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International Premiere
  • USA
  • 2014
  • 88 mins
  • DCP
  • English
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Official Selection, Tribeca Film Festival 2014

“A sustained white-knuckler” – John Hopewell, VARIETY

“Morbidly twisted fun… subversive” – Matt Barone, COMPLEX

It seems at first like a bonding trip between a couple of brothers — Sean Neary (Pablo Schreiber), a soldier recently returned home from the battlefield, and Mike (Aaron Staton), driving into the woods. Then a new angle inside their truck reveals a third party: Mike’s wife Wit (Wrenn Schmidt), joining them for a camping excursion away from the problems and pressures of their lives and jobs. Only, Mike can’t cut the connection to his work, constantly talking on his cell phone as they hike past a “closed” sign into the trees. With Mike distracted, Wit starts warming to Sean’s alpha-male demeanour — until the trio wake up after their first night in the woods to find that the game has changed, and that they’re stranded far from civilization with no way to call for help, facing an unseen, ruthless and heavily armed threat.

So many cell phones have failed to get reception in horror movies that it’s a nice surprise just to see one in which the characters can make and receive calls from their remote environs. And PRESERVATION goes even further to make dependence on electronic interaction part of its plot and point. In his second film as writer/director, Christopher Denham (a familiar face as an actor in the likes of ARGO and SHUTTER ISLAND) follows up on the themes of his debut feature, the Fantasia 2008 world premiere HOME MOVIE, in which neither a father obsessed with videotaping his family life nor his wife can figure out how to deal with the increasingly disturbing reality his camera is capturing. PRESERVATION takes three people who have issues relating face to face and strips them of their wireless lifelines, forcing them to pull together against enemies who, when we eventually see them, communicate only via texts.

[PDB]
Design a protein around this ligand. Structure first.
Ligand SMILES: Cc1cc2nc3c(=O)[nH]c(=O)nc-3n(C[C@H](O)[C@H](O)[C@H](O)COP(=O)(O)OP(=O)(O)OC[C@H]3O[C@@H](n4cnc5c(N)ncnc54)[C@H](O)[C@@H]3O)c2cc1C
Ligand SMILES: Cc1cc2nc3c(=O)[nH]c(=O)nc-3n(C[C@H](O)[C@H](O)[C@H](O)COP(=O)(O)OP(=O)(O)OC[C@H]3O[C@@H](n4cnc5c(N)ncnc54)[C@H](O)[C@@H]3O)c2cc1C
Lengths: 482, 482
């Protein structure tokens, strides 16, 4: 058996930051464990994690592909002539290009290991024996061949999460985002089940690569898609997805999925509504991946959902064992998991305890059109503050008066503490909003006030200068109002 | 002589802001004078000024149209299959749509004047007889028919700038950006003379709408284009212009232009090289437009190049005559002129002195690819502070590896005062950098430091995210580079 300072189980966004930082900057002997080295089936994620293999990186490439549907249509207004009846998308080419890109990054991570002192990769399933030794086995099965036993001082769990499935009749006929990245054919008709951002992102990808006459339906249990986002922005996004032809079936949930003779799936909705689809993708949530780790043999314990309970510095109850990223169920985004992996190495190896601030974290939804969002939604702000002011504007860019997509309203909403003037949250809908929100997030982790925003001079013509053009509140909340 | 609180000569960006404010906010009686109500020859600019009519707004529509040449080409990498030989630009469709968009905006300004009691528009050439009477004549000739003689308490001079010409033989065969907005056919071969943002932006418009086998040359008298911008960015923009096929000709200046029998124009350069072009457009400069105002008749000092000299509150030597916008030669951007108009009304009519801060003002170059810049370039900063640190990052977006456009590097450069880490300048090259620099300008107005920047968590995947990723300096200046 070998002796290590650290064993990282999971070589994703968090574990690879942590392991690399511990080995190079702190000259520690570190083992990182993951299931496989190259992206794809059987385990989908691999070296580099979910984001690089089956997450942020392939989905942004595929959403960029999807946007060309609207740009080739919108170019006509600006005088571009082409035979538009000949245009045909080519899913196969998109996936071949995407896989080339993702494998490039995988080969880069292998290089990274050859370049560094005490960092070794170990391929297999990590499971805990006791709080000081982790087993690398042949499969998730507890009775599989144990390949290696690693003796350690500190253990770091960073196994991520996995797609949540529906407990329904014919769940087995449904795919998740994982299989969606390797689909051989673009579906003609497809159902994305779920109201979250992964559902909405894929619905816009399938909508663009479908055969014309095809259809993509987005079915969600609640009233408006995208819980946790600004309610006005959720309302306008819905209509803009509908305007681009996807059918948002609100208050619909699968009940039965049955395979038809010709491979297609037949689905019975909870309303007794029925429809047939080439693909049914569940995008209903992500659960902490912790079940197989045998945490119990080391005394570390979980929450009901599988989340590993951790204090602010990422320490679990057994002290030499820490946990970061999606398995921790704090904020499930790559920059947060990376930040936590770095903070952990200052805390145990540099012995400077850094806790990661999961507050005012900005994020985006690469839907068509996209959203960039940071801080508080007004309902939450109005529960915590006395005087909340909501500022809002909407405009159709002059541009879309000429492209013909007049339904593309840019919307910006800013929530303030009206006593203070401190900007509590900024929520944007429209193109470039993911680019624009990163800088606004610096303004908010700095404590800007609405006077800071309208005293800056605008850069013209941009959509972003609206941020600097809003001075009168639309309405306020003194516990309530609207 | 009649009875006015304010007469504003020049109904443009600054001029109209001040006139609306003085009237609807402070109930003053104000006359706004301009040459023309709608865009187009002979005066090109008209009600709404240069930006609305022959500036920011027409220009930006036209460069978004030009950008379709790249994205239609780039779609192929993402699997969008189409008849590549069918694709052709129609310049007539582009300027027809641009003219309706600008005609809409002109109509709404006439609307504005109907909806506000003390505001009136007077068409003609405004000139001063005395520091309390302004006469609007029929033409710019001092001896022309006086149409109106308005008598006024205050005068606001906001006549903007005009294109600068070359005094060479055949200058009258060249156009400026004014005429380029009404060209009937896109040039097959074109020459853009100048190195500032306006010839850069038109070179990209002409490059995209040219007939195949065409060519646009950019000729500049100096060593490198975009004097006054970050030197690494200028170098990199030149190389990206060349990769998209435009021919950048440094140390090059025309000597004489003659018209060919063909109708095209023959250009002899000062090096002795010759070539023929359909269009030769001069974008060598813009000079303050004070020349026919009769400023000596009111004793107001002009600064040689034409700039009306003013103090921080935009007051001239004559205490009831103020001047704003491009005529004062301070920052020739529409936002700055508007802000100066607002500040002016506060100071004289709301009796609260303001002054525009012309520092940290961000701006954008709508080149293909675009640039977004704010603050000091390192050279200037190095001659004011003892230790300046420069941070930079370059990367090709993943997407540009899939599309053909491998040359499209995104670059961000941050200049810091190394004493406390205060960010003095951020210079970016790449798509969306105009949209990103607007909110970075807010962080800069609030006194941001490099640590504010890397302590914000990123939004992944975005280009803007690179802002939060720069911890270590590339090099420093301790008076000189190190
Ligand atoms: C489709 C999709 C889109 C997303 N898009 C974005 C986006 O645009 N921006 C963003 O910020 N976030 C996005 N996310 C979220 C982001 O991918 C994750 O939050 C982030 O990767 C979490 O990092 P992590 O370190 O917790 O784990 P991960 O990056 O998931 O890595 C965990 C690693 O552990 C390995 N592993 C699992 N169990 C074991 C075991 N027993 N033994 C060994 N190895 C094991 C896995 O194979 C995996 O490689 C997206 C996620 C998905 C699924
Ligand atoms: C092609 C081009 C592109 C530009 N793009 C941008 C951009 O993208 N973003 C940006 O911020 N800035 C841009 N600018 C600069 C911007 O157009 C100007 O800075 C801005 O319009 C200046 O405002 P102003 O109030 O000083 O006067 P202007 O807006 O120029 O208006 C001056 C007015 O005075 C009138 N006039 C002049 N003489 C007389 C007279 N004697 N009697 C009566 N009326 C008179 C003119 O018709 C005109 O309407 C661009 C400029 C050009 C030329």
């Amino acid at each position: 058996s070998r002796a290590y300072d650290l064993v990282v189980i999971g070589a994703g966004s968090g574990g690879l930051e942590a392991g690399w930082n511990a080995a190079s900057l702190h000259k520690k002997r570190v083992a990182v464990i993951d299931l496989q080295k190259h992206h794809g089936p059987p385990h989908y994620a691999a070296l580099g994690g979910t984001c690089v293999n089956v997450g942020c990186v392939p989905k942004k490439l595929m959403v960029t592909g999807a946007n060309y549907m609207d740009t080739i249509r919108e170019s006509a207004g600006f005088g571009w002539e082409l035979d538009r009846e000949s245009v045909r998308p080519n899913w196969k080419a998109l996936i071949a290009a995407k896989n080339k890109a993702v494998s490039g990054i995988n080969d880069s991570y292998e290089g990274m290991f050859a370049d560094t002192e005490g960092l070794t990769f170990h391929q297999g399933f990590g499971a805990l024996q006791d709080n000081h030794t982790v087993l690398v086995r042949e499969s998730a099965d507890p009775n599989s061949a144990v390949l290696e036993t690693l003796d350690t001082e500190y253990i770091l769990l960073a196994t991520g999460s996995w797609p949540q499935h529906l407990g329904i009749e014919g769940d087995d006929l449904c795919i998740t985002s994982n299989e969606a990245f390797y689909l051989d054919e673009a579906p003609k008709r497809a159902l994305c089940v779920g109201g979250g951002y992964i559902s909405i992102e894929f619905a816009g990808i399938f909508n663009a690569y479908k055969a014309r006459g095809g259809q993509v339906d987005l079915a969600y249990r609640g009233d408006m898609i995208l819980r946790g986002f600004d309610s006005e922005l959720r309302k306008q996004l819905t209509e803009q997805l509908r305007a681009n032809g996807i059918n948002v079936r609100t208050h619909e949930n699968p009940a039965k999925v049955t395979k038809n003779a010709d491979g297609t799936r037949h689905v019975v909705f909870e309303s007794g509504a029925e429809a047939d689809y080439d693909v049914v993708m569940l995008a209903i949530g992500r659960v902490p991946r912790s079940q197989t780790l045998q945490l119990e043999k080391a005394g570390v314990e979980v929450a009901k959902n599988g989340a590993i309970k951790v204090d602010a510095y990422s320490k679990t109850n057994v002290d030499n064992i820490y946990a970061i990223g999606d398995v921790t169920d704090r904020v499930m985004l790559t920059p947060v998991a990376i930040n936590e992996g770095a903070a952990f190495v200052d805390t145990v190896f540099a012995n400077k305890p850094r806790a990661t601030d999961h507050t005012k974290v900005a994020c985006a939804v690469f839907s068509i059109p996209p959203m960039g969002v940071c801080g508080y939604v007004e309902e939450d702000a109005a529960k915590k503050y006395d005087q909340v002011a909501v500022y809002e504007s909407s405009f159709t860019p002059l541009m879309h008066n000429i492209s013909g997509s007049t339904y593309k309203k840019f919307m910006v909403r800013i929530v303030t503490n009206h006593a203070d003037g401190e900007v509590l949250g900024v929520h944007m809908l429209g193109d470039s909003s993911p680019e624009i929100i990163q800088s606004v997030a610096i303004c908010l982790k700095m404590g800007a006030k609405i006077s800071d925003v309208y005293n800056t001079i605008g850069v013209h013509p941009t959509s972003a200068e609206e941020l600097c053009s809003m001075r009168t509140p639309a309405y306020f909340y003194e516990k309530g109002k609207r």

For all their on-line organization, though, these villains are sometimes physically fallible in the heat of the action — part of a dark satiric undercurrent flowing like a mountain stream under the surface of Denham’s survival thriller. Though the humour is disarming, it doesn’t dispel the urgency of the situation, as Denham choreographs a series of tense pursuits and confrontations amidst an unnerving sense of isolation. He also draws fine performances out of his three leads, who bring an authentic feeling of shared history before circumstances threaten to violently tear them apart.

— Michael Gingold